Here Are Some Good Reasons To Divorce Your Husband This Fall

Fall's hottest trend is getting rid of the man who thought he was really helping out around the house

Here Are Some Good Reasons To Divorce Your Husband This Fall
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Last week, the New York Times Styles section reported on what might truly be the most foreseeable pandemic trend: post-lockdown divorces, which are allegedly creating an “avalanche” of work for attorneys in cities like Los Angeles and New York. As someone who was once quoted in one of the thousands of puff pieces about how difficult it was to spend every waking moment of your life with the person you’re supposedly in love with, this makes complete sense to me. As one attorney told the Times, “since April, our phones have been ringing off the hook, nonstop, and most of those calling are people who want to come in and start divorce proceedings.”

Because this story appeared in the Styles section, its central focus is on the problems people who read the Styles might have: having a well-compensated partner who lost a job, making it less attractive to stick around for the money; affairs uncovered when one partner could no longer book a fancy hotel uptown; disagreements about whether the nanny should still be allowed in the house, or whether the children needed to wear masks when they socialized with other kids.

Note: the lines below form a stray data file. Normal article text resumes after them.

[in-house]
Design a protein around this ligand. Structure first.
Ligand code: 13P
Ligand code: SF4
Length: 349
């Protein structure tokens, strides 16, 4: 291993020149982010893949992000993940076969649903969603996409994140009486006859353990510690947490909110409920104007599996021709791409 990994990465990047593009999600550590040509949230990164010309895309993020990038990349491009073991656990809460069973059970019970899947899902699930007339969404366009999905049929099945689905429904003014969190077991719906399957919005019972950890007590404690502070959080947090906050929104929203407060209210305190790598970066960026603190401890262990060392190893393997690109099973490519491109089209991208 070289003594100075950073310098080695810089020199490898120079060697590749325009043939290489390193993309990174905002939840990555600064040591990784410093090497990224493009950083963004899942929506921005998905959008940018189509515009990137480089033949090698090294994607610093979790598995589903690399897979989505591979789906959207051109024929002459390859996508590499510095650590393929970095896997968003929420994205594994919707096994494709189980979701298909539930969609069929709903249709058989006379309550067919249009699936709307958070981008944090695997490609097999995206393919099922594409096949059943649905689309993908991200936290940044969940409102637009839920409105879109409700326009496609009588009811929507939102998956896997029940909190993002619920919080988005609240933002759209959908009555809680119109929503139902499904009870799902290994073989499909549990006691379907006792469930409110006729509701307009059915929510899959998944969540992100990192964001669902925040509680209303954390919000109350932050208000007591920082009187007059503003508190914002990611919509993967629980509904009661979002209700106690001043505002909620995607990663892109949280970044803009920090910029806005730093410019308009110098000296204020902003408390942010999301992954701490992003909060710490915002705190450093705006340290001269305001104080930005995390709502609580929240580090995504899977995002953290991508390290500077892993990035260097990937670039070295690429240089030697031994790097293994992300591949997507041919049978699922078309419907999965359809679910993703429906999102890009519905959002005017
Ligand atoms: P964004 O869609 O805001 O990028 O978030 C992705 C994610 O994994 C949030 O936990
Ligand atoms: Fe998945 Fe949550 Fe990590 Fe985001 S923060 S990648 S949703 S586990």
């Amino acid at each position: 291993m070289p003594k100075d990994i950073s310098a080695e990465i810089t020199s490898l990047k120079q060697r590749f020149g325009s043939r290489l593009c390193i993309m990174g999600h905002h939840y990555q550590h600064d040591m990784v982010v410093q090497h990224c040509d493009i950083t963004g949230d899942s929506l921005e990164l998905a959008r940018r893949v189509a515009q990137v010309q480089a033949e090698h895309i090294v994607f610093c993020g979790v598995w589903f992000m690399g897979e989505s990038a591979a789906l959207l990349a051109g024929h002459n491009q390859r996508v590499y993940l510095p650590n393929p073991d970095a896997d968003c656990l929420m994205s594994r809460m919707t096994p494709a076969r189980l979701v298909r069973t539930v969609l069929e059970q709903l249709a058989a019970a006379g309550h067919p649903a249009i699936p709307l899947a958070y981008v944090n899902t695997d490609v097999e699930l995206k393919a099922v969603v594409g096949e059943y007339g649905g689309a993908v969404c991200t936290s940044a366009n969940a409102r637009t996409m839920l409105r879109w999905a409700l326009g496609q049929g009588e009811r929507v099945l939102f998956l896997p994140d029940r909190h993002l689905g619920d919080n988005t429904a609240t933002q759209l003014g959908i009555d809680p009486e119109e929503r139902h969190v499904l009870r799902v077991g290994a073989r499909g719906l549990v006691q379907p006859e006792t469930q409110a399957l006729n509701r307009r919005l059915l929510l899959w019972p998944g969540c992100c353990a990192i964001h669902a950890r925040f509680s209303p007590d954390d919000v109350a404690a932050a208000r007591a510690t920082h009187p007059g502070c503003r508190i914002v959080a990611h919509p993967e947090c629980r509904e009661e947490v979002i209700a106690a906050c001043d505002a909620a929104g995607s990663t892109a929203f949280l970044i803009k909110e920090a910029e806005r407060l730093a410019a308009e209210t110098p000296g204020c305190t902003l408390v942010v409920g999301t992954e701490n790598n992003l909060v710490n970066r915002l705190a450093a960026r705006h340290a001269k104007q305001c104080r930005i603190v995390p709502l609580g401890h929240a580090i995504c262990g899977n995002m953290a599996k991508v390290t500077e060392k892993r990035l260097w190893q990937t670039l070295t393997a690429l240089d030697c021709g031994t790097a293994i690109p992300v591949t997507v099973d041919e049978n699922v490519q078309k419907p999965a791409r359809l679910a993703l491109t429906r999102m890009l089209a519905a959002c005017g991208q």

But assuming some of these people getting divorced are women who date men, I have a couple alternate theories for why the divorce rate is spiking. For instance: During the pandemic, when both members of a couple were working from home full-time during a lockdown, 67% of women reported they were fully or mostly responsible for housework. When a child was homeschooled during the pandemic that shuttered schools for months, 3% of women said their spouse was doing more schooling than they were. Between May and June of last year, one in four women who left the workforce reported doing so because they needed to care for a child. One in eight men reported the same circumstances, and while most fathers say they’re actively and equally involved in raising their child, a full three-quarters of women say they do more child work than their spouse. The cumulative effect of all of this labor foisted on American women—labor that appears to go unnoticed by the men who are living with them and co-parenting their children—has been called “grotesque,” and it has help create a scenario in which women’s participation in the workforce is now as low as it was in the ‘80s. Now, imagine spending a year and a half working full-time, caring for your child largely unaided, and doing the majority of chores while your husband occasionally congratulated himself on putting the dishes away. Wouldn’t you want a goddamn divorce too?

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